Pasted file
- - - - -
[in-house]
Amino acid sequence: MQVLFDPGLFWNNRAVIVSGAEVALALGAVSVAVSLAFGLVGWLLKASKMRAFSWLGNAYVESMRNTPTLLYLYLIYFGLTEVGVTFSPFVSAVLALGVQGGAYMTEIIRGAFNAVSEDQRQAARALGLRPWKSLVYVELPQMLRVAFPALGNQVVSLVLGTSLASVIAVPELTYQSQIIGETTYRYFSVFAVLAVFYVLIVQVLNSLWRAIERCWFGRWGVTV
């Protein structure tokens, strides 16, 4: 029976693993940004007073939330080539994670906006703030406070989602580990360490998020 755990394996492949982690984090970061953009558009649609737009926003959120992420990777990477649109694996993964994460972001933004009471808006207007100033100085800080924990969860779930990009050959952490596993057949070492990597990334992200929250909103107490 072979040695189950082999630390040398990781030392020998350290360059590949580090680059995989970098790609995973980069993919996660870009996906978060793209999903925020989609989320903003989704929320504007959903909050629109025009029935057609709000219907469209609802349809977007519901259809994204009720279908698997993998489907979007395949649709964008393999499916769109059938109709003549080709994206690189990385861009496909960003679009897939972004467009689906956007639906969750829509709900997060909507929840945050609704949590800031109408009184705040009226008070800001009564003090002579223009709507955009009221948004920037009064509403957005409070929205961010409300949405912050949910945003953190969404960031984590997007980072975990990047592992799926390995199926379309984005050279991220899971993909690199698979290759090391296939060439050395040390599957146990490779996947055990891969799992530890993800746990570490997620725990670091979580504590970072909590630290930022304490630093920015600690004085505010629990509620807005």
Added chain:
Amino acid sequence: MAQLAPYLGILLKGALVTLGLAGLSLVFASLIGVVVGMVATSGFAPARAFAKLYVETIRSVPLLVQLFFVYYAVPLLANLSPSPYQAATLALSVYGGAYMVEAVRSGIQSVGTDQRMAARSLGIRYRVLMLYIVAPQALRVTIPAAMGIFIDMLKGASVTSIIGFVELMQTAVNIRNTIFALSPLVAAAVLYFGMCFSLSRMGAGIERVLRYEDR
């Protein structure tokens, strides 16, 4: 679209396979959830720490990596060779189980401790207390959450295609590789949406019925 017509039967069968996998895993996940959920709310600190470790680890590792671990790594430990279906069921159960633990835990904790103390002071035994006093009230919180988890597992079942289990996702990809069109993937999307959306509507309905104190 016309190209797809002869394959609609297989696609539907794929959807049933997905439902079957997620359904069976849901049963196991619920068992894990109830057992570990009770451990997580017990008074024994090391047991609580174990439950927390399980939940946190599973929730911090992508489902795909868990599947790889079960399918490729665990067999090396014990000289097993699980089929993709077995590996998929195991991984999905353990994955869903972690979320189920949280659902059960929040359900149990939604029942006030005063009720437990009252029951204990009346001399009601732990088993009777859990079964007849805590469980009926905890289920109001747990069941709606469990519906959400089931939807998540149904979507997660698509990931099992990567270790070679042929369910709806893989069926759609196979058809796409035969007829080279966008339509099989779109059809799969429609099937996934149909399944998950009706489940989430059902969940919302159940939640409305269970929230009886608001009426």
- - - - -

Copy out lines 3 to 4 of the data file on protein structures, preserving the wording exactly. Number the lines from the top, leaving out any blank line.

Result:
């Protein structure tokens, strides 16, 4: 029976693993940004007073939330080539994670906006703030406070989602580990360490998020 755990394996492949982690984090970061953009558009649609737009926003959120992420990777990477649109694996993964994460972001933004009471808006207007100033100085800080924990969860779930990009050959952490596993057949070492990597990334992200929250909103107490 072979040695189950082999630390040398990781030392020998350290360059590949580090680059995989970098790609995973980069993919996660870009996906978060793209999903925020989609989320903003989704929320504007959903909050629109025009029935057609709000219907469209609802349809977007519901259809994204009720279908698997993998489907979007395949649709964008393999499916769109059938109709003549080709994206690189990385861009496909960003679009897939972004467009689906956007639906969750829509709900997060909507929840945050609704949590800031109408009184705040009226008070800001009564003090002579223009709507955009009221948004920037009064509403957005409070929205961010409300949405912050949910945003953190969404960031984590997007980072975990990047592992799926390995199926379309984005050279991220899971993909690199698979290759090391296939060439050395040390599957146990490779996947055990891969799992530890993800746990570490997620725990670091979580504590970072909590630290930022304490630093920015600690004085505010629990509620807005």
Added chain: